To actuate the throttle valve, a lever is connected to the throttle valve and to a cable. The cable usually has an inner cable slidably received in an outer sheath, with the inner cable attached to the throttle valve lever by a swivel carried by the lever. The outer sheath is connected by a lock nut to a cable retaining portion of the lid carried by the carburetor body. So the position of the lid relative to the carburetor body controls the position of the inner cable relative to the throttle valve by way of the connection of the outer sheath to the lid. When the throttle valve is rotated, the end of the inner cable at the swivel moves along an arcuate path, the precision of which is also controlled by the position of the lid relative to the throttle valve including the throttle valve lever. Some tolerance is required in the position of the lid on the carburetor body to facilitate manufacture and assembly of the carburetor, and this affects their relative position from one carburetor to another.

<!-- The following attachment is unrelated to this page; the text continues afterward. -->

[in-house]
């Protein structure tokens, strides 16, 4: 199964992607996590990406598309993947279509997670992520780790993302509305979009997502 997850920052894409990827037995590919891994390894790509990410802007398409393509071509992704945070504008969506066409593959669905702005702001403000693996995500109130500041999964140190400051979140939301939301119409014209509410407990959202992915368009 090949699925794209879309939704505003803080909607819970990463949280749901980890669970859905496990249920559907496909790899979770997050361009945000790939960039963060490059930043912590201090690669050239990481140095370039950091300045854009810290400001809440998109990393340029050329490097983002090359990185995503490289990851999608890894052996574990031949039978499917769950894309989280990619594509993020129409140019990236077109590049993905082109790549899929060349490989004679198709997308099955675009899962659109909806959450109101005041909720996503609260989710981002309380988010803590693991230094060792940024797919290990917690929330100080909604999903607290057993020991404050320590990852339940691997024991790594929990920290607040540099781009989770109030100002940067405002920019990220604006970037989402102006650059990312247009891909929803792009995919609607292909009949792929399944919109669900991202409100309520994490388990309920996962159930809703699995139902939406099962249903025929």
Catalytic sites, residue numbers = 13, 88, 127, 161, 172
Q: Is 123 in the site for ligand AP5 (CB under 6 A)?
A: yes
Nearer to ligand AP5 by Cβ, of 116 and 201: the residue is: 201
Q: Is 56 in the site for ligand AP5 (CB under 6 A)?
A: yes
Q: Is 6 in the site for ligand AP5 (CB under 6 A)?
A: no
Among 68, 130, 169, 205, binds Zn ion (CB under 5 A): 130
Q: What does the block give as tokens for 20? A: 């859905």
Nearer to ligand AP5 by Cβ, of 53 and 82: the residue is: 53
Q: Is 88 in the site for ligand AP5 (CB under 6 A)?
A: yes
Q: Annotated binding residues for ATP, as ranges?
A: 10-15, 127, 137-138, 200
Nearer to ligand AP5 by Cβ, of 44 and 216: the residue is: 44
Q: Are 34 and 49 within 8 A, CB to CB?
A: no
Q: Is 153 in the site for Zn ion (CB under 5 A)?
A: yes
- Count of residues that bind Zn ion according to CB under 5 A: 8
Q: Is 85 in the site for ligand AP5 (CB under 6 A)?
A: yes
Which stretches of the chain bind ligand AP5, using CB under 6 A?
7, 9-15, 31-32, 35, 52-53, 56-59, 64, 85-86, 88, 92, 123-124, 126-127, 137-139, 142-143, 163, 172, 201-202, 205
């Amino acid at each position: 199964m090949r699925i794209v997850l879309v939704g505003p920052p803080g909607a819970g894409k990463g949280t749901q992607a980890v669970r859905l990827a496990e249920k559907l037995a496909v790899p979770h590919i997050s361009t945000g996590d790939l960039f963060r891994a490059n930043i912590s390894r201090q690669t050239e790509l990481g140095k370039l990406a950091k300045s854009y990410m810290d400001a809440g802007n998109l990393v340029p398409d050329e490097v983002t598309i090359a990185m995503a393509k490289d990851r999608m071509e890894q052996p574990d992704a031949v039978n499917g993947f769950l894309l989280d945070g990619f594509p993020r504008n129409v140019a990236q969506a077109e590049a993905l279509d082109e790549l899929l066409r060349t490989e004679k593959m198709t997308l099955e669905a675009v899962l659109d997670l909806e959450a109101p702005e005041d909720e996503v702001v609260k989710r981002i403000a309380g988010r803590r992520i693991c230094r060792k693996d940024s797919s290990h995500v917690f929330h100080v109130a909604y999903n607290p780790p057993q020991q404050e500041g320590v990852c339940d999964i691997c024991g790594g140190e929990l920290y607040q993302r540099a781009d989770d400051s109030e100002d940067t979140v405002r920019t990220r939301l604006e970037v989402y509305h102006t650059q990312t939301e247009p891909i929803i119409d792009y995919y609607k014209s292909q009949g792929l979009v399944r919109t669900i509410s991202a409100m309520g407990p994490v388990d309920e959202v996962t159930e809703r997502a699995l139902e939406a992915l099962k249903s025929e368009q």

SUMMARY OF THE INVENTION

A carburetor with a main body having a mixing passage and a transverse valve bore which at one end opens through the main body and adjacent the other end has an integral valve support extending radially inwardly of the valve bore. A throttle valve with a valve passage is rotatably received in the valve bore to selectively open and close the mixing passage and has a co-axial actuator shaft projecting through a bore in the integral valve support of the main body. Preferably, a throttle cable retainer is integrally formed on the main body adjacent the valve support portion.